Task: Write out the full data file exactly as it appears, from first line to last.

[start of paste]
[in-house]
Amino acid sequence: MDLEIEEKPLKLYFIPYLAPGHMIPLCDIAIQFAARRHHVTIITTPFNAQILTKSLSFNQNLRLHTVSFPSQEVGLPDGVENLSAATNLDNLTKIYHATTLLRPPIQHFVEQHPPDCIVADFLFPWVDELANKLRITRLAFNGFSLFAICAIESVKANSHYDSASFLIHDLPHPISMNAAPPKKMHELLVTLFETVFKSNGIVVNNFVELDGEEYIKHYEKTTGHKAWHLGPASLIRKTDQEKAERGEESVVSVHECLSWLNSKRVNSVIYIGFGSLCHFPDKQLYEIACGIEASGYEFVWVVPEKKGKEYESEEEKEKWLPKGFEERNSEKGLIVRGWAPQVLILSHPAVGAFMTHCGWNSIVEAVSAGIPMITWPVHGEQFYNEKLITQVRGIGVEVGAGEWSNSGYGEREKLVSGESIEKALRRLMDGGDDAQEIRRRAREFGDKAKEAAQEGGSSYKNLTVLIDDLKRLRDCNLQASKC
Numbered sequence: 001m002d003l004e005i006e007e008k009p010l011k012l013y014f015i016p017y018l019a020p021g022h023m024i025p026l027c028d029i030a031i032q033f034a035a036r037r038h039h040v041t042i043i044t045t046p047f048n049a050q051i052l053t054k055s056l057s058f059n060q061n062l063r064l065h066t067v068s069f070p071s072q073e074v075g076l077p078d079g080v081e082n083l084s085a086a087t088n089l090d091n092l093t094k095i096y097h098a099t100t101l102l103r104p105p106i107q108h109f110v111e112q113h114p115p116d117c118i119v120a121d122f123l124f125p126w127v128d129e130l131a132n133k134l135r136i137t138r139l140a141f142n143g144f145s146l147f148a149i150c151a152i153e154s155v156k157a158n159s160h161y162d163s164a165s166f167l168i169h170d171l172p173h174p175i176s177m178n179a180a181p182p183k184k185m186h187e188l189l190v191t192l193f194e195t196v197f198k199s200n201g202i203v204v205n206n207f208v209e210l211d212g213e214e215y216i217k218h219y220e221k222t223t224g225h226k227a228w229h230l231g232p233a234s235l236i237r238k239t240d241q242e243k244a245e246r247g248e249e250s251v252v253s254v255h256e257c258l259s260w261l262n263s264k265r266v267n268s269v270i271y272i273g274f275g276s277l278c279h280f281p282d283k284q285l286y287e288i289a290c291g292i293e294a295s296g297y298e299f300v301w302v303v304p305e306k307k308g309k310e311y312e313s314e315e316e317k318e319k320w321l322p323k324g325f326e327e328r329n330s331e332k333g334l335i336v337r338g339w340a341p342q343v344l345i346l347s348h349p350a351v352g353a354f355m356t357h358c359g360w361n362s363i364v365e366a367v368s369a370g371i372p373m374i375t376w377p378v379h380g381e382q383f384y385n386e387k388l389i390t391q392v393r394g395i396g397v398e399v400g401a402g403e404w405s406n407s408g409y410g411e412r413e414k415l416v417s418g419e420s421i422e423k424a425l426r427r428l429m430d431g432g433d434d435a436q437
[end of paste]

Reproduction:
[in-house]
Amino acid sequence: MDLEIEEKPLKLYFIPYLAPGHMIPLCDIAIQFAARRHHVTIITTPFNAQILTKSLSFNQNLRLHTVSFPSQEVGLPDGVENLSAATNLDNLTKIYHATTLLRPPIQHFVEQHPPDCIVADFLFPWVDELANKLRITRLAFNGFSLFAICAIESVKANSHYDSASFLIHDLPHPISMNAAPPKKMHELLVTLFETVFKSNGIVVNNFVELDGEEYIKHYEKTTGHKAWHLGPASLIRKTDQEKAERGEESVVSVHECLSWLNSKRVNSVIYIGFGSLCHFPDKQLYEIACGIEASGYEFVWVVPEKKGKEYESEEEKEKWLPKGFEERNSEKGLIVRGWAPQVLILSHPAVGAFMTHCGWNSIVEAVSAGIPMITWPVHGEQFYNEKLITQVRGIGVEVGAGEWSNSGYGEREKLVSGESIEKALRRLMDGGDDAQEIRRRAREFGDKAKEAAQEGGSSYKNLTVLIDDLKRLRDCNLQASKC
Numbered sequence: 001m002d003l004e005i006e007e008k009p010l011k012l013y014f015i016p017y018l019a020p021g022h023m024i025p026l027c028d029i030a031i032q033f034a035a036r037r038h039h040v041t042i043i044t045t046p047f048n049a050q051i052l053t054k055s056l057s058f059n060q061n062l063r064l065h066t067v068s069f070p071s072q073e074v075g076l077p078d079g080v081e082n083l084s085a086a087t088n089l090d091n092l093t094k095i096y097h098a099t100t101l102l103r104p105p106i107q108h109f110v111e112q113h114p115p116d117c118i119v120a121d122f123l124f125p126w127v128d129e130l131a132n133k134l135r136i137t138r139l140a141f142n143g144f145s146l147f148a149i150c151a152i153e154s155v156k157a158n159s160h161y162d163s164a165s166f167l168i169h170d171l172p173h174p175i176s177m178n179a180a181p182p183k184k185m186h187e188l189l190v191t192l193f194e195t196v197f198k199s200n201g202i203v204v205n206n207f208v209e210l211d212g213e214e215y216i217k218h219y220e221k222t223t224g225h226k227a228w229h230l231g232p233a234s235l236i237r238k239t240d241q242e243k244a245e246r247g248e249e250s251v252v253s254v255h256e257c258l259s260w261l262n263s264k265r266v267n268s269v270i271y272i273g274f275g276s277l278c279h280f281p282d283k284q285l286y287e288i289a290c291g292i293e294a295s296g297y298e299f300v301w302v303v304p305e306k307k308g309k310e311y312e313s314e315e316e317k318e319k320w321l322p323k324g325f326e327e328r329n330s331e332k333g334l335i336v337r338g339w340a341p342q343v344l345i346l347s348h349p350a351v352g353a354f355m356t357h358c359g360w361n362s363i364v365e366a367v368s369a370g371i372p373m374i375t376w377p378v379h380g381e382q383f384y385n386e387k388l389i390t391q392v393r394g395i396g397v398e399v400g401a402g403e404w405s406n407s408g409y410g411e412r413e414k415l416v417s418g419e420s421i422e423k424a425l426r427r428l429m430d431g432g433d434d435a436q437